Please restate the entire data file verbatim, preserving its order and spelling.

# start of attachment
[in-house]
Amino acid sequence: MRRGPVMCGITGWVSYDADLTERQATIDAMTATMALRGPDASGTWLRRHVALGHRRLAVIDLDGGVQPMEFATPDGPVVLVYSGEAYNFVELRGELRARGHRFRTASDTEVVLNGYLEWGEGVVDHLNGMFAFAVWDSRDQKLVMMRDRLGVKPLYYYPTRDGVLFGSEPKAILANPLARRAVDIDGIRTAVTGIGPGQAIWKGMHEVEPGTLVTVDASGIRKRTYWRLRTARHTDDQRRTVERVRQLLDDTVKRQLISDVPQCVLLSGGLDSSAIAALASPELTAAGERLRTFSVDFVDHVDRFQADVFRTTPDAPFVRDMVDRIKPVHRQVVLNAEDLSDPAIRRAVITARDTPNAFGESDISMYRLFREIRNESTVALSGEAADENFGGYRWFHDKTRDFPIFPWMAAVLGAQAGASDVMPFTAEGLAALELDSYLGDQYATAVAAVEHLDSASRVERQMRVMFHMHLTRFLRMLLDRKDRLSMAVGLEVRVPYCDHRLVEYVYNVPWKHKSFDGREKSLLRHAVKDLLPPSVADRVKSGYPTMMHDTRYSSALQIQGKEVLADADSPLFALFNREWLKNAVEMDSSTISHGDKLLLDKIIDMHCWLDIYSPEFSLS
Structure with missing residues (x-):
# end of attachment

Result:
[in-house]
Amino acid sequence: MRRGPVMCGITGWVSYDADLTERQATIDAMTATMALRGPDASGTWLRRHVALGHRRLAVIDLDGGVQPMEFATPDGPVVLVYSGEAYNFVELRGELRARGHRFRTASDTEVVLNGYLEWGEGVVDHLNGMFAFAVWDSRDQKLVMMRDRLGVKPLYYYPTRDGVLFGSEPKAILANPLARRAVDIDGIRTAVTGIGPGQAIWKGMHEVEPGTLVTVDASGIRKRTYWRLRTARHTDDQRRTVERVRQLLDDTVKRQLISDVPQCVLLSGGLDSSAIAALASPELTAAGERLRTFSVDFVDHVDRFQADVFRTTPDAPFVRDMVDRIKPVHRQVVLNAEDLSDPAIRRAVITARDTPNAFGESDISMYRLFREIRNESTVALSGEAADENFGGYRWFHDKTRDFPIFPWMAAVLGAQAGASDVMPFTAEGLAALELDSYLGDQYATAVAAVEHLDSASRVERQMRVMFHMHLTRFLRMLLDRKDRLSMAVGLEVRVPYCDHRLVEYVYNVPWKHKSFDGREKSLLRHAVKDLLPPSVADRVKSGYPTMMHDTRYSSALQIQGKEVLADADSPLFALFNREWLKNAVEMDSSTISHGDKLLLDKIIDMHCWLDIYSPEFSLS
Structure with missing residues (x-):